Finding a personal loan with favourable terms can be difficult no matter what you're borrowing for. If you're looking for a competitive personal or business loan, consider the benefits peer-to-peer lending has to offer.
What is peer-to-peer lending?
Peer-to-peer lending involves borrowing money from individual investors, where the "lender" simply acts as a facilitator for the loan. By lending their money, the investors gain access to an attractive fixed income asset class that can yield better returns than other investment options. Borrowers can also take advantage of lower rates that are based on their credit scores. All this is facilitated by a peer-to-peer lending platform that connects the people looking to borrow with people looking to invest.
RateSetter Unsecured Personal Loan - 3yr Variable
RateSetter Unsecured Personal Loan - 3yr Variable
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RateSetter Unsecured Personal Loan - 3yr Variable
RateSetter offers this unsecured personal loan with a fixed or variable rate. Receive a tailored interest rate from 6.89% p.a. based on your risk profile.
Peer-to-peer (P2P) providers do not match individual lenders directly with a borrower. Rather, they enable the lender to invest in a portfolio of consumer loans. In other words, the P2P provider facilitates a platform where investors can finance a portfolio of loans and earn interest on what they lend, while borrowers are given an individual rate based on their credit score.
Borrowers. To borrow, you submit an application with the P2P lender. The provider then evaluates your eligibility for a peer-to-peer loan by verifying your identity, credit history, employment and financials. It will assess the risk of the loan and give you a personalised interest rate. You will generally need to have a good credit history and be in a secure job to be eligible. After approval, your loan will be funded by one or several investors that choose to take you on. The P2P provider will usually deduct an application fee from the amount transferred.
Investors. Potential investors review the available applications on the website and identify the borrowers they would like to fund, in part or in full. Investors will not be able to see any personal information from borrowers. Funds are then transferred to the borrow and their repayments will be made to the investor based on how much of the loan they funded.
What lenders offer P2P loans in Australia?
Various lenders offer peer-to-peer loans in Australia, each with its own product offering and rate. The table below is a quick guide to Australia's P2P lending landscape:
Hi, I'm Elizabeth from finder.com.au.If you're taking out a personal loan, you may want to consider a peer-to-peer loan.These lenders can offer rates up to half that as low as bank unsecured personal loans because they're tailored to you.So let's see how they work. When you apply with a peer-to-peer lender you'll be approved or denied just like when you apply with a bank but if you are approved, the peer-to-peer lender won't be the ones lending you the money. Instead they'll match you to an investor or a group of investors.The investor or group of investors agree to provide funds to these borrowers and in exchange earn interest.So let's talk about interest. Peer-to-peer lenders can offer very competitive interest rates because they use something called risk-based pricing.This basically means that if you have a very high credit score or a good borrowing history you can be rewarded with a lower rate.If you have a lower credit score or a shaky borrowing history you will receive a higher rate or you may not be approved.While you won't receive your final interest rate until you apply with a peer-to-peer lender you can receive a rate estimate without it affecting your credit score.For more information about peer-to-peer loans and to compare them head to finder.com.au.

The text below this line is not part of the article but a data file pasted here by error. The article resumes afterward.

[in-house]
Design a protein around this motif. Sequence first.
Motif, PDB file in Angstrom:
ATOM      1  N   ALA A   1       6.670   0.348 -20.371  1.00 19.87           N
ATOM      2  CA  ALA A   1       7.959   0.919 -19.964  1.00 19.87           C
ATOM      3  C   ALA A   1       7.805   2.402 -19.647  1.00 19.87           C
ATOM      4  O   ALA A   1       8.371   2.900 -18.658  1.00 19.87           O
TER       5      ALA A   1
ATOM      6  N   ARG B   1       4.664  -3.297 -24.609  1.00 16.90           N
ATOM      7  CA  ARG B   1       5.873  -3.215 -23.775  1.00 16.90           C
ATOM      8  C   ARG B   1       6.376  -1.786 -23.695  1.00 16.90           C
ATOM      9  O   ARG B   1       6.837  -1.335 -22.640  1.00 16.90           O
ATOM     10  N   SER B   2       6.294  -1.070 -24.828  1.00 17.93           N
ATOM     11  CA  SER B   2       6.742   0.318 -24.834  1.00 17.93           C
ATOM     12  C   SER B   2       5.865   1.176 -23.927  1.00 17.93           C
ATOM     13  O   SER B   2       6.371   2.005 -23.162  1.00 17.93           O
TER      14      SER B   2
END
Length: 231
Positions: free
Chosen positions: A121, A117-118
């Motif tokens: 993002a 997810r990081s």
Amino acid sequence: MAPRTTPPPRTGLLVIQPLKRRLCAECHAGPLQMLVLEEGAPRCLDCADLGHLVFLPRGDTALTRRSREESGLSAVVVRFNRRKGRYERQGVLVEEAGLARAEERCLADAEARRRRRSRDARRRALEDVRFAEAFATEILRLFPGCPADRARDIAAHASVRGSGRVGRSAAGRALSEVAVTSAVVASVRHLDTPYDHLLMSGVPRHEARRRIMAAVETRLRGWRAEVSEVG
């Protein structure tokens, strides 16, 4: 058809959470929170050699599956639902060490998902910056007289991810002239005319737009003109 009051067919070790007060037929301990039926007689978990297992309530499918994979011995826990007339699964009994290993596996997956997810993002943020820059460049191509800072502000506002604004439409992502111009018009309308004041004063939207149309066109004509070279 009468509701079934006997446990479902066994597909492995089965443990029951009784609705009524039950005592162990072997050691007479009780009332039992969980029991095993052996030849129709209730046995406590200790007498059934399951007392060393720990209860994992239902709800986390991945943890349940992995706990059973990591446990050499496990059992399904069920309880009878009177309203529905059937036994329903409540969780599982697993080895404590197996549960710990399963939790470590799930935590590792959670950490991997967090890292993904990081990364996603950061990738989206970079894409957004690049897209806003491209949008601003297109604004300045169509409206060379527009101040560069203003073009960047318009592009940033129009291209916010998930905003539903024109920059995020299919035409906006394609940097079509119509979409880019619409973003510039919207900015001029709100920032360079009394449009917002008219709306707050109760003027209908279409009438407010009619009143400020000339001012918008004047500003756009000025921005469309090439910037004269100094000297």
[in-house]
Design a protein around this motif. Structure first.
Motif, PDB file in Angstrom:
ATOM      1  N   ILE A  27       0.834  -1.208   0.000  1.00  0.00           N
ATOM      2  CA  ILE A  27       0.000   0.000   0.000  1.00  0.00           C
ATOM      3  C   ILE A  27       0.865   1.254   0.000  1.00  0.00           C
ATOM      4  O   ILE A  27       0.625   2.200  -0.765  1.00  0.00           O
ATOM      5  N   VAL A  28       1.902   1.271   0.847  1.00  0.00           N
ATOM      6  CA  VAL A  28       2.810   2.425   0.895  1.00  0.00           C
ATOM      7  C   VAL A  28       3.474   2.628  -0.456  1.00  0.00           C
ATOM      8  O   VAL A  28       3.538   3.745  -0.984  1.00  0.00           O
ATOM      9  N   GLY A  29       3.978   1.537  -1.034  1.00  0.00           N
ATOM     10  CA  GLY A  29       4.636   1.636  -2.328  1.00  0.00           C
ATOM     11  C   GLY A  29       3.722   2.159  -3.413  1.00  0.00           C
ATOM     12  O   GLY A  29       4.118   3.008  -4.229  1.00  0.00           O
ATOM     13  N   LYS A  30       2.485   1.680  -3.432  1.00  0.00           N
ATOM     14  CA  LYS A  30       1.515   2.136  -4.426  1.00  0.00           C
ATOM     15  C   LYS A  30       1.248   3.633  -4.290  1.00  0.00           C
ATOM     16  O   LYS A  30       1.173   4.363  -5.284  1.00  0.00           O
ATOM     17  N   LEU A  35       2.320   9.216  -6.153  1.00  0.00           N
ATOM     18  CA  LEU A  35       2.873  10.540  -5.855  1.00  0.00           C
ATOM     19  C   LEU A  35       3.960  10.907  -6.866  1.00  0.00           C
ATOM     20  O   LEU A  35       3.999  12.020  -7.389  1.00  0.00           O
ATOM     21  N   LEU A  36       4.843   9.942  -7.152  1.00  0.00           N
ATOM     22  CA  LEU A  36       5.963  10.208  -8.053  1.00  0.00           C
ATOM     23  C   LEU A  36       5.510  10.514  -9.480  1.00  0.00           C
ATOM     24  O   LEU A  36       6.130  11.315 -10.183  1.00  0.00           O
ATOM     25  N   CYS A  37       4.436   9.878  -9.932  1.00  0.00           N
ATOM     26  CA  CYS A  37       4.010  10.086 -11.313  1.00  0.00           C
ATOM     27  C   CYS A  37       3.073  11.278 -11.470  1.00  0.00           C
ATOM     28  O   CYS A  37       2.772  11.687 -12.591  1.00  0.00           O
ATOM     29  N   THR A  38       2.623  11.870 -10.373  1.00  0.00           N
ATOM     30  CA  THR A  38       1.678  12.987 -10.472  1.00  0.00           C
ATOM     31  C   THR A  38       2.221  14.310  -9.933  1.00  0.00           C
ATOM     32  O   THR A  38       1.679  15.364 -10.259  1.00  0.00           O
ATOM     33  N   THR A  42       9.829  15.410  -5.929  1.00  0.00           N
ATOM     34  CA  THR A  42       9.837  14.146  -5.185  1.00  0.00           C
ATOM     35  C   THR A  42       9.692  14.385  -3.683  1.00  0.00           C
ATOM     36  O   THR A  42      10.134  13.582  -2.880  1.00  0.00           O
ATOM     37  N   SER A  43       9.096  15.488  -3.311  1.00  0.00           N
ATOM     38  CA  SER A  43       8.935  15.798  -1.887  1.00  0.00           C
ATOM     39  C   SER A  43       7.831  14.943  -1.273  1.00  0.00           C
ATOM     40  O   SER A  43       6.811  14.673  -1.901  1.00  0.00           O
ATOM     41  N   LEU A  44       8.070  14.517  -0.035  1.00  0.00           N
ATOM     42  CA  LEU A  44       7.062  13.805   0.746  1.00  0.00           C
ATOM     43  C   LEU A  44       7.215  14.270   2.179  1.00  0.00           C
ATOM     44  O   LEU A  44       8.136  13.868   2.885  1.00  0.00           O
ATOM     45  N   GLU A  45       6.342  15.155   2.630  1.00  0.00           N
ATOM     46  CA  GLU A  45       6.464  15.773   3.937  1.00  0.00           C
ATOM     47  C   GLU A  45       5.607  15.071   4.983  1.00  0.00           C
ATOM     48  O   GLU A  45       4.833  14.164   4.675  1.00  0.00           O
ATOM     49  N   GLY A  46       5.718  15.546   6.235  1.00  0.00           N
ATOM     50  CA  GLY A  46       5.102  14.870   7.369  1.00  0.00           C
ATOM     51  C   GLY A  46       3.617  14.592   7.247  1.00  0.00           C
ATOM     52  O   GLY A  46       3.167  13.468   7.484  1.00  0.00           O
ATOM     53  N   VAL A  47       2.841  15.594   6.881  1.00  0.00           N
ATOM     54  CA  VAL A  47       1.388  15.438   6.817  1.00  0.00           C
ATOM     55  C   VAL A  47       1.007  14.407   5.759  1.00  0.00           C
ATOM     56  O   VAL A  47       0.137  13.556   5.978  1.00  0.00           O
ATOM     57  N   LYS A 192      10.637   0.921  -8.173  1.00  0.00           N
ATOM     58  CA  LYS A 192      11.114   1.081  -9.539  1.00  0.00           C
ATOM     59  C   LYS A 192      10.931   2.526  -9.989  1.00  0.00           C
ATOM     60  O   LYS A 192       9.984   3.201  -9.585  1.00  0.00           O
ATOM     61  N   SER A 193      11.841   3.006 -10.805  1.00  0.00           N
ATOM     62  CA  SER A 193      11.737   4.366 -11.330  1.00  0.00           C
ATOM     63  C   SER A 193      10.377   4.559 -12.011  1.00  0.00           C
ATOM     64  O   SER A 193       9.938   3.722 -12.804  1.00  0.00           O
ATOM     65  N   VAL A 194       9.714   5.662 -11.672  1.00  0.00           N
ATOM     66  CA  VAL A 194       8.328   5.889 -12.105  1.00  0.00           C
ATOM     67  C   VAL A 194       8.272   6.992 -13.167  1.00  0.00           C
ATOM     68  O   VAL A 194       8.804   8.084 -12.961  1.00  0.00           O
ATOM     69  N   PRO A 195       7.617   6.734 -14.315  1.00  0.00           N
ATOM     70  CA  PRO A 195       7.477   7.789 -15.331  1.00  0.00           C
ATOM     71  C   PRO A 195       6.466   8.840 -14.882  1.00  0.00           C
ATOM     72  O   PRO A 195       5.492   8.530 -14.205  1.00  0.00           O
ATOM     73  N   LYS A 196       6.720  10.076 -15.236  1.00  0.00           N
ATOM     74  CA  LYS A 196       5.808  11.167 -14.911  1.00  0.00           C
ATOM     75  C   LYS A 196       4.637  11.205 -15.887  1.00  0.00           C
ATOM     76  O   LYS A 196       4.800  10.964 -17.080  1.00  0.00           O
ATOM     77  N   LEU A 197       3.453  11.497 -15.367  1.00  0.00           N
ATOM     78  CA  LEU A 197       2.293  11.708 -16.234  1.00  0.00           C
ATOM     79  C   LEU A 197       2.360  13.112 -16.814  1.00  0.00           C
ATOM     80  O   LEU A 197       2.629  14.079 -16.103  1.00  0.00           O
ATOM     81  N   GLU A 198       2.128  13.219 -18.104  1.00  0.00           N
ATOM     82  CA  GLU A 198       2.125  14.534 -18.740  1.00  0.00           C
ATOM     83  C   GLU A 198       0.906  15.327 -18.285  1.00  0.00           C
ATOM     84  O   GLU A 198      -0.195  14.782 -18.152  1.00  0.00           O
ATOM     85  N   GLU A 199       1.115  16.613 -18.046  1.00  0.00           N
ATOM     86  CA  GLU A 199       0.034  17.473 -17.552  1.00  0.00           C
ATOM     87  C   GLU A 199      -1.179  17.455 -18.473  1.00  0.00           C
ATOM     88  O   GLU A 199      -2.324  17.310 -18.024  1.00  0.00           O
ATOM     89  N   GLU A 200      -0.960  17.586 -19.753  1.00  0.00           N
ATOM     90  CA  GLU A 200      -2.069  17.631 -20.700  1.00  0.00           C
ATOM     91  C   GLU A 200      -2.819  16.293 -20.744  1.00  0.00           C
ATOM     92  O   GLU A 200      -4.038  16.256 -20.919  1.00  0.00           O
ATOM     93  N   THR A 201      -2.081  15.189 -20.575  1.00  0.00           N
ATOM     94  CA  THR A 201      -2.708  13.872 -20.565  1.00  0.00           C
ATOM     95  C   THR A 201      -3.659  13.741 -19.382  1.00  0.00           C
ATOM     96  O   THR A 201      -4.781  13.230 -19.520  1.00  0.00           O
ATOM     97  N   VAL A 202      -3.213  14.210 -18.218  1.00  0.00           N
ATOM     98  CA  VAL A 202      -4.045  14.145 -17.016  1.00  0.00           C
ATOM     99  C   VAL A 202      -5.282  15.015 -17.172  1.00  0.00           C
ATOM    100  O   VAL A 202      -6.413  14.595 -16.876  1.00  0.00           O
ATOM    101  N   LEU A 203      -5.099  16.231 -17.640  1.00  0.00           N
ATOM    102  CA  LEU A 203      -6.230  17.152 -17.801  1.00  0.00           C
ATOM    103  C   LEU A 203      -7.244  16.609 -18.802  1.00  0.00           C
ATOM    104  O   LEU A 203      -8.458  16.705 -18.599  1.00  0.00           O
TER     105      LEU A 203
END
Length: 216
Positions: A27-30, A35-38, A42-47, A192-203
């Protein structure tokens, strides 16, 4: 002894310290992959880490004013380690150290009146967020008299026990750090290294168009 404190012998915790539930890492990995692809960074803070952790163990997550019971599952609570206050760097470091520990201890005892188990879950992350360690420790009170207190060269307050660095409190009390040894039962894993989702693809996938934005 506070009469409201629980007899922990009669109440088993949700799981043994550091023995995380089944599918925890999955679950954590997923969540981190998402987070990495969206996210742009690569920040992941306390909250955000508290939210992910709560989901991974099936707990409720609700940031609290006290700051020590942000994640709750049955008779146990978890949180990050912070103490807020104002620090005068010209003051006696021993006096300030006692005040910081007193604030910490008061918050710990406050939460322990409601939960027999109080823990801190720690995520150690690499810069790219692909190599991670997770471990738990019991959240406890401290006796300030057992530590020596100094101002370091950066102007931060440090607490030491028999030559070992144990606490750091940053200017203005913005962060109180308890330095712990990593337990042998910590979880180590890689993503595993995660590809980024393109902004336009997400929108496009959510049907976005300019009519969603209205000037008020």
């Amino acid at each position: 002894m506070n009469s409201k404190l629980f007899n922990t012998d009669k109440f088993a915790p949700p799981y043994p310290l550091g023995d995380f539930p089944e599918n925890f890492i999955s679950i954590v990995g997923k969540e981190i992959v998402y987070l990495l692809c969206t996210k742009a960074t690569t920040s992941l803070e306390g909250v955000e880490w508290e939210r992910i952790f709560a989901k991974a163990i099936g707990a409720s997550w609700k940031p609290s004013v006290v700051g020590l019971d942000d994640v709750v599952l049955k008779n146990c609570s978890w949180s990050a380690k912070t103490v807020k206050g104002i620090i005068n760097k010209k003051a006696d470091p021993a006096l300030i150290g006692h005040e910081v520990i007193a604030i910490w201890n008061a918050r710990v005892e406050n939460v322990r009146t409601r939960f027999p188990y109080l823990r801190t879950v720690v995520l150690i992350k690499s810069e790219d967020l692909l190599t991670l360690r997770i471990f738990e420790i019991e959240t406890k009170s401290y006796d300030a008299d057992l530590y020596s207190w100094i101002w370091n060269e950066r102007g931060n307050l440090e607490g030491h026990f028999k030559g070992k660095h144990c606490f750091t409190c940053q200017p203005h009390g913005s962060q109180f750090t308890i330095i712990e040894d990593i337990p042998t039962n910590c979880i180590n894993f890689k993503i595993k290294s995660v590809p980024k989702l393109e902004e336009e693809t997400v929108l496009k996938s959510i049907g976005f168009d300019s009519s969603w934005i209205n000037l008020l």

The Government Backed Guarantee on Deposits was set up to protect investments up to $250,000. They do not apply to funds in peer-to-peer lending as it only applies to institutions authorised by the Australian Prudential Regulation Authority (APRA).
How peer-to-peer is changing the way Australia lends
When peer-to-peer personal loans launched in Australia, one new aspect about these loans was that the interest rate was personalised to the borrower. Now, banks and other non-P2P lenders have been embracing this. You can now find many risk-based personal loans from major banks as well as smaller standalone lenders and credit unions.
Many banks and lenders are also offering more competitive rates and embracing innovative technology in order to remain competitive.
Weighing up the benefits and drawbacks of peer-to-peer loans
Borrowers are able to secure loans at rates generally lower than those offered by banks
A speedy application process that's administered online
P2P lenders offer lower loan amounts than banks, usually only up to $35,000 for a personal loan.
The opportunity to diversify your investments in addition to spreading your funds over several loans for minimising your risks
Lenders will need to know that there is no government-backed guarantee on the funds they provide.
"How do I compare my options?"
Are they compliant? Check the credibility of the website or platform that you're considering. They should have a credit license listed on the bottom of the page and check what banks or services they are affiliated with.